Bribie Island, a 34 kilometre long sand island in the northern part of Moreton Bay, Queensland Australia. Surrounded by natural beauty, Bribie Island is blessed with white sandy beaches and the Pumicestone Passage, a Marine Park.

Most of Bribie Island is uninhabited, consisting of National Park covering 55.8 square kilometres. Bribie Island is separated from the mainland by the Pumicestone Passage Marine Park which has 24 islands and is bounded by 240 kilometres of shoreline.

The Pumicestone Passage has safe family beaches and calm water. Hire a boat and drop anchor for a quick fish, or enjoy a cruise up the passage to take in all the beauty. Dugongs frequent these waters seasonally to feed on the seagrass while dolphins and turtles also make the passage home as do over 350 species of birds.

Bribie Island remains the only Moreton Bay Island to be connected to the mainland by a bridge. The building of the 831m Bribie Island Bridge half a century ago took two years of work and was considered an engineering marvel at the time, being the longest pre-stressed, pre-cast concrete bridge in Australia.

If you fancy a play in the surf, then head to the eastern side of Bribie Island. Woorim is a must-see on Bribie Island. The stunning waters and white sand stretch for over 30 kilometres and provides the greatest sense of relaxation and escape.

There’s lots to see and do here on Bribie Island, the hardest part is choosing how to fit it all in.

Bribie Island is one of the rare few Australian islands that you don’t need a boat to reach. The Island has retained its small seaside village charm, while offering some of the most stunning scenery on the east coast of Queensland, Australia.

Towering white sand dunes, miles of unspoilt beach stretching as far as the eye can see, rolling surf, a protected tidal waterway teeming with marine life and views of the majestic Glass House Mountains in the far distance are just some of the attributes that make Bribie Island worth more than just a pit stop at the beach for a quick dip and an ice-cream.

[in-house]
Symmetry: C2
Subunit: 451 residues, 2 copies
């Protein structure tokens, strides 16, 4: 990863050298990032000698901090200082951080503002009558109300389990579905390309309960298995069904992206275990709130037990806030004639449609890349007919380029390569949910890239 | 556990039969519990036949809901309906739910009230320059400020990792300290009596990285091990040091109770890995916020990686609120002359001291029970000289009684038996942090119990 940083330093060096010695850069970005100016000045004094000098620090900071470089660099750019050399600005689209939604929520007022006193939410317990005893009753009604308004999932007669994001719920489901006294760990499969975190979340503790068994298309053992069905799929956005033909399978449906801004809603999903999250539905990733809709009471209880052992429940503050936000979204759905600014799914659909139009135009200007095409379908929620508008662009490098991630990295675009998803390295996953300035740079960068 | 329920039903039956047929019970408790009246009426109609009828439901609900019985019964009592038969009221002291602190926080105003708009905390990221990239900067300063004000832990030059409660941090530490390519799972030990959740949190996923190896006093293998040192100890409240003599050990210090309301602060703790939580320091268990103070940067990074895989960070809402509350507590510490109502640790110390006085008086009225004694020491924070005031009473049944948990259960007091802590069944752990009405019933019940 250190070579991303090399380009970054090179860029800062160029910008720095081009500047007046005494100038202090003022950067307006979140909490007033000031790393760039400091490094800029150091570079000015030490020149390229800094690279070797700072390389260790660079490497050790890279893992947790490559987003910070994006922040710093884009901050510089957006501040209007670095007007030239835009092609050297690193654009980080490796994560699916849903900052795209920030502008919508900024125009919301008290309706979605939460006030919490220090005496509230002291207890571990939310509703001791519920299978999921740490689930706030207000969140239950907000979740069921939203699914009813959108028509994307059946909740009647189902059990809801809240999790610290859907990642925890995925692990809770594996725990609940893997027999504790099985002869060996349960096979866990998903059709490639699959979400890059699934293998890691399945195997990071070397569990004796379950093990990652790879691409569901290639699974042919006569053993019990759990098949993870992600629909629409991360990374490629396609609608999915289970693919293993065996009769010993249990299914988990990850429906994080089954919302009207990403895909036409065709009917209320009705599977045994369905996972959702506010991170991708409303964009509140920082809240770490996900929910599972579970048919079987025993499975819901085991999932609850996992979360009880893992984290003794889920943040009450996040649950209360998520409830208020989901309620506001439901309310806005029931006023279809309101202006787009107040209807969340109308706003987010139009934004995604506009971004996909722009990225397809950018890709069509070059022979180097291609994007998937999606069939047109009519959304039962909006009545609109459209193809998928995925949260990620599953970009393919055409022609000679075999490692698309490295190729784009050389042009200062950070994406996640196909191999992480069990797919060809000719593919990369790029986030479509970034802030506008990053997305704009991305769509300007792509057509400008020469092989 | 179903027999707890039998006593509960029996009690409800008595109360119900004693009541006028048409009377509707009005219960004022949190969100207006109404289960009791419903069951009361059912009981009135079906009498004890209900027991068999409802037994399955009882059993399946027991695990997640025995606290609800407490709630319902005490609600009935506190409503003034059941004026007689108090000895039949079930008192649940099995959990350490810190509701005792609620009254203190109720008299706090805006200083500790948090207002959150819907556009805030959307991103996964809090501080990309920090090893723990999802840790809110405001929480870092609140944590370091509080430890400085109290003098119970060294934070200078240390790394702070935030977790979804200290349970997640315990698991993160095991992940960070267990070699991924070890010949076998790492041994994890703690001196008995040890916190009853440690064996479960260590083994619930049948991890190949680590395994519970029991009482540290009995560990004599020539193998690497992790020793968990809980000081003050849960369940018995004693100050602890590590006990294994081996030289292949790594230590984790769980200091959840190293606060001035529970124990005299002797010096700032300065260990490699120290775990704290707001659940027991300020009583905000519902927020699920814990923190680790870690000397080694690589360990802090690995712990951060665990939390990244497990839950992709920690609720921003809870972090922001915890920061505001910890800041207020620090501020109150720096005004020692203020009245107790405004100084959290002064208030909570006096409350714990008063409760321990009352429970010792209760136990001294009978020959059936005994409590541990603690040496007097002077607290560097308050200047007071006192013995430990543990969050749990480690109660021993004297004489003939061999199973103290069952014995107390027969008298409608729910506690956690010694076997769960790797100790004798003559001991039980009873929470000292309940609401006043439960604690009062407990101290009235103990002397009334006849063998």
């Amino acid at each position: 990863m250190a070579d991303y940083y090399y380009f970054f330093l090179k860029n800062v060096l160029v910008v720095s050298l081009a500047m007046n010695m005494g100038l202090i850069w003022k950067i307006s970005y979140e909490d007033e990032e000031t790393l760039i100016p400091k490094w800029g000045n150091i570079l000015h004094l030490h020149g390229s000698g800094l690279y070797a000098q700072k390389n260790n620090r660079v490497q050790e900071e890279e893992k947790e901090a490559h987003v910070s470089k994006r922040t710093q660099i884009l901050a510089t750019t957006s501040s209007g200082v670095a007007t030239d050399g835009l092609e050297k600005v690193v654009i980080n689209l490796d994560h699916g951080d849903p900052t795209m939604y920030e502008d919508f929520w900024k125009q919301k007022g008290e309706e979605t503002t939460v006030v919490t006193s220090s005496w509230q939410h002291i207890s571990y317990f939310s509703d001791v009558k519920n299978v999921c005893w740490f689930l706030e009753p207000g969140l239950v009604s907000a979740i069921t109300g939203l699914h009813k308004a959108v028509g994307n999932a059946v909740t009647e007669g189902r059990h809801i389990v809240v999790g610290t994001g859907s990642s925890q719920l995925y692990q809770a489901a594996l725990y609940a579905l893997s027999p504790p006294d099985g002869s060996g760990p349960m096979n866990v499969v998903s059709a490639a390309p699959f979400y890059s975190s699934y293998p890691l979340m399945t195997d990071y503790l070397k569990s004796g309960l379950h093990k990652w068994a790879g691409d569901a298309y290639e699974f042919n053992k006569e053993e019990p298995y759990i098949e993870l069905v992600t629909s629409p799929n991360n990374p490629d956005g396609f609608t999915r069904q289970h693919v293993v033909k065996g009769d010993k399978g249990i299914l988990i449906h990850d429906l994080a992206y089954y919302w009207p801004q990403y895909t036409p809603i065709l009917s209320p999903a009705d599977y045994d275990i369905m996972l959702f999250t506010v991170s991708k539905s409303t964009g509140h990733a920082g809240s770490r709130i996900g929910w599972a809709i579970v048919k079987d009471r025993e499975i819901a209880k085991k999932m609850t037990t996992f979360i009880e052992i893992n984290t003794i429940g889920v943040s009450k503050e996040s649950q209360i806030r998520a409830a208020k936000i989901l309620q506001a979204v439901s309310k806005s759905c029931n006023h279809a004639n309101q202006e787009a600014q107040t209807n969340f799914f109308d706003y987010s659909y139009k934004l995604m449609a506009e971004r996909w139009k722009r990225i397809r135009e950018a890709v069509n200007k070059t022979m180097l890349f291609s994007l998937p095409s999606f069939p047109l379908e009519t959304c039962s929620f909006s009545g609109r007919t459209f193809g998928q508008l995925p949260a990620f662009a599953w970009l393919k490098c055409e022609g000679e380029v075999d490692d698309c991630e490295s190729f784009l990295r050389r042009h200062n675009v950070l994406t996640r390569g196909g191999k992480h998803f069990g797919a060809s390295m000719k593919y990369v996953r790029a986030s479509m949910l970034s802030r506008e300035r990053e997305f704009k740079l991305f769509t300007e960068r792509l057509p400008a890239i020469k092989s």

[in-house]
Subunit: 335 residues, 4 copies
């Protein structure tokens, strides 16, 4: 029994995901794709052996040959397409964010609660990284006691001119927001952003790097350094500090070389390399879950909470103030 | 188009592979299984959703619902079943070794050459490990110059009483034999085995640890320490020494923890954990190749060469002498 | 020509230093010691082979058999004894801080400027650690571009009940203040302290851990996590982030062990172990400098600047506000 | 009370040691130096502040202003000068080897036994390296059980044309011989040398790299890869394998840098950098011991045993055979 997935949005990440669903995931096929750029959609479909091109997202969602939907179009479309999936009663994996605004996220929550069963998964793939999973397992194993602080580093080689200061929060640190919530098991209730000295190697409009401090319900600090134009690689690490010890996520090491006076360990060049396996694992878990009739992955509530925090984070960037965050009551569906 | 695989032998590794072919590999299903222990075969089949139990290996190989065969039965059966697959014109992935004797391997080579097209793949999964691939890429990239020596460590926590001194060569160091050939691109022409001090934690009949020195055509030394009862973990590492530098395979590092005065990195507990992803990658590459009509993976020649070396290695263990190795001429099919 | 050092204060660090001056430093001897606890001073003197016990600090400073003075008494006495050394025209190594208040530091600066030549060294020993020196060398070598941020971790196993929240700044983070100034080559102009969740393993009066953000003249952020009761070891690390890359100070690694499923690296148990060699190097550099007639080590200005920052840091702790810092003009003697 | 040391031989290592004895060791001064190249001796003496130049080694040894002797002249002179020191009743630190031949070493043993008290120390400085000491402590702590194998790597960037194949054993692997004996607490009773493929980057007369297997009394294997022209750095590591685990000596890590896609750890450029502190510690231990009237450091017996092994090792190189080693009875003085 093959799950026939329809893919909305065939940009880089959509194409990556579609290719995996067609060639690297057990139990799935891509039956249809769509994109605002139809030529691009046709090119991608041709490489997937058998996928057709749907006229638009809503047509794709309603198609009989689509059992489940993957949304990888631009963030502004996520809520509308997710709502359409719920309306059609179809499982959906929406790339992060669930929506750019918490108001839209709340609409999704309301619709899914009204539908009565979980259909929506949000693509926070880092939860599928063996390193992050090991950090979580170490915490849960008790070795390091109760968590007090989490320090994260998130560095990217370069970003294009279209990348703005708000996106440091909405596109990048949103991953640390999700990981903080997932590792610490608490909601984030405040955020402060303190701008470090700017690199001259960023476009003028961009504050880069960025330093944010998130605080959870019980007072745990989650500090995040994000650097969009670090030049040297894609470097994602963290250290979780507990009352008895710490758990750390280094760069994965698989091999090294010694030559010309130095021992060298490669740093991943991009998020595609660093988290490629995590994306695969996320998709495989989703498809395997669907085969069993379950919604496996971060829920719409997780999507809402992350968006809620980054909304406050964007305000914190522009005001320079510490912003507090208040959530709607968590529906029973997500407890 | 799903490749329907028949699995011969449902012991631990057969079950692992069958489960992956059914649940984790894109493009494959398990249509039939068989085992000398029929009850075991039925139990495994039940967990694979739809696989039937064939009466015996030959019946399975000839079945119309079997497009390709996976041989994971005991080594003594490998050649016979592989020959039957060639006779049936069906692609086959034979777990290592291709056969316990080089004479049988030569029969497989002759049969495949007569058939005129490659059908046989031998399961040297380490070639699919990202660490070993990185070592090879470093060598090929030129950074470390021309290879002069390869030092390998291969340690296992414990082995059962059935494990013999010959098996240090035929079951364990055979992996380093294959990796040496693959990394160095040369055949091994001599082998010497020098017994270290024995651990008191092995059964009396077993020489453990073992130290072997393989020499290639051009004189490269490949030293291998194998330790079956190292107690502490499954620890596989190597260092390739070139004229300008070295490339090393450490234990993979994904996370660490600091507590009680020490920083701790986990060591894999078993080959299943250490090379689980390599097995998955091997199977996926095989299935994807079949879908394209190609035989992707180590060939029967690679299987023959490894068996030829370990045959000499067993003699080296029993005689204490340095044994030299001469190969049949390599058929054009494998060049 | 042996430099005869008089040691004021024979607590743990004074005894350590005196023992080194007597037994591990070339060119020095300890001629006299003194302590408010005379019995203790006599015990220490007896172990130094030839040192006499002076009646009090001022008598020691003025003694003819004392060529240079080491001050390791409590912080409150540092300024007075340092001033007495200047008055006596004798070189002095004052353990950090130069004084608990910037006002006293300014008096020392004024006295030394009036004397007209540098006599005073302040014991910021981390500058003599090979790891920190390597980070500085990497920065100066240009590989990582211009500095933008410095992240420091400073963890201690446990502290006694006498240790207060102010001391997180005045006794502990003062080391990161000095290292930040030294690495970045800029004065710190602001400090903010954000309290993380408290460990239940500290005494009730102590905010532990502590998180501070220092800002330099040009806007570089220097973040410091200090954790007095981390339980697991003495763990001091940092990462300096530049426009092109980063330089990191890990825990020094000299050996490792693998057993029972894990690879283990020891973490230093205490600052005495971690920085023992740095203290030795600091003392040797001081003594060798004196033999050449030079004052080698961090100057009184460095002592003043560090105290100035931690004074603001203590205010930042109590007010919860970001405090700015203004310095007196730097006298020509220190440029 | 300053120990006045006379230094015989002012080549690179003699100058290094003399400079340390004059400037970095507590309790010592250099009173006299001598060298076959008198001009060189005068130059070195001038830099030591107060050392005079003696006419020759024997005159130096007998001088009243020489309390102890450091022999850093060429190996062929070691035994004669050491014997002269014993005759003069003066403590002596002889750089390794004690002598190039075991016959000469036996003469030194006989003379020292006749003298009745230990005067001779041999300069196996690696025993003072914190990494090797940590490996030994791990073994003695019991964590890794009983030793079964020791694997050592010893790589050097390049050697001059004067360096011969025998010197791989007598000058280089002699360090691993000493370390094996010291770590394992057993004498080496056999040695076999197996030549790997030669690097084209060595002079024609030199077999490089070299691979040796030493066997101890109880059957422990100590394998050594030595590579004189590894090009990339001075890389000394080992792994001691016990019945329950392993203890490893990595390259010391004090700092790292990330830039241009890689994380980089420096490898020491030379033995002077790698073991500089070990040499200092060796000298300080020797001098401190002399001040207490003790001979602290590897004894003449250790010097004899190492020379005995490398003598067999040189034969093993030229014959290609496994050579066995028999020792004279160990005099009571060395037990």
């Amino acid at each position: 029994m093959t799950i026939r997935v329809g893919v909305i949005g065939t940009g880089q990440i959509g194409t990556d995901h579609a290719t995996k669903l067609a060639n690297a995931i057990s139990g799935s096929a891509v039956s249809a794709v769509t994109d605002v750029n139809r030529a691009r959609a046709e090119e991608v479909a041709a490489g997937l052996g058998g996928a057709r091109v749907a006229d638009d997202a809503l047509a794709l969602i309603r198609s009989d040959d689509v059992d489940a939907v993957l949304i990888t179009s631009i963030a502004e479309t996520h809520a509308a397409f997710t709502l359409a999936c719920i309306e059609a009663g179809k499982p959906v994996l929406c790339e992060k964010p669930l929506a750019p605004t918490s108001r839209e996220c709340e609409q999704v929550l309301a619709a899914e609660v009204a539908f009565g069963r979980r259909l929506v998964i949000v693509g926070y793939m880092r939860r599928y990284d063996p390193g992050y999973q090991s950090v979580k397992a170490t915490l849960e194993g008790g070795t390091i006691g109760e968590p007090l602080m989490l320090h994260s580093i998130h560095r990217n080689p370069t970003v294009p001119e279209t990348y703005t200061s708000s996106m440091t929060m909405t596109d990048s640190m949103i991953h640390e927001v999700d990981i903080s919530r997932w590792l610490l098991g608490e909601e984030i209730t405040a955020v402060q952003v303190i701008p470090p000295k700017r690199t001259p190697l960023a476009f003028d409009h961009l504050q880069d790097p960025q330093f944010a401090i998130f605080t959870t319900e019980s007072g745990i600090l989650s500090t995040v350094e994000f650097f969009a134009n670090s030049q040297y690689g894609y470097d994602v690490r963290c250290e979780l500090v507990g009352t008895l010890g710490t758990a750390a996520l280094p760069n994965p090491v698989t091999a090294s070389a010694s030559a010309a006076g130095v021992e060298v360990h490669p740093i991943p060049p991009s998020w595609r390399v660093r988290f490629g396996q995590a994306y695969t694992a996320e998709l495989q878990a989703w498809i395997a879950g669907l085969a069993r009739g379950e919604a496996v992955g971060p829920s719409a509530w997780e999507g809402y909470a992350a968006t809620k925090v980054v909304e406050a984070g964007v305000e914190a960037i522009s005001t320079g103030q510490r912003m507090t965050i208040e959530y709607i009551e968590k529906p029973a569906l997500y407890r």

On Bribie Island, you can just as easily take a long walk along a vast, empty stretch of beach with only the swooping kites, seagulls and lapping tide to keep you company as you can rub shoulders with dozens of beachgoers in the family friendly Woorim Beach surf. Woorim Beach is popular for its milder waves compared to surf beaches on the Sunshine Coast and Gold Coast.

Thrill seeking adventures are also not far away. Parachute onto the beach or hire a jet ski and check out parts of the Pumicestone Passage. Slightly less adrenalin pumping activities include line fishing or simply kicking back at Brennan Park watching the sun sink beneath the bridge over the gleaming waters of the Pumicestone Passage.
Scattered along the sand dunes facing Moreton Bay are a series of WWII-built forts and gun emplacements. They add an exciting element to the Island for history buffs, or for those wanting a glimpse into life during the war. The forts take us back in time to when Australia was under threat from a foreign enemy and places like Bribie Island were suddenly of key strategic importance to our national security. The first bunker (a Skirmish six-inch battery), found just south of Woorim Beach, can be reached on foot. The remainder of the defence installations can be reached by 4WD.

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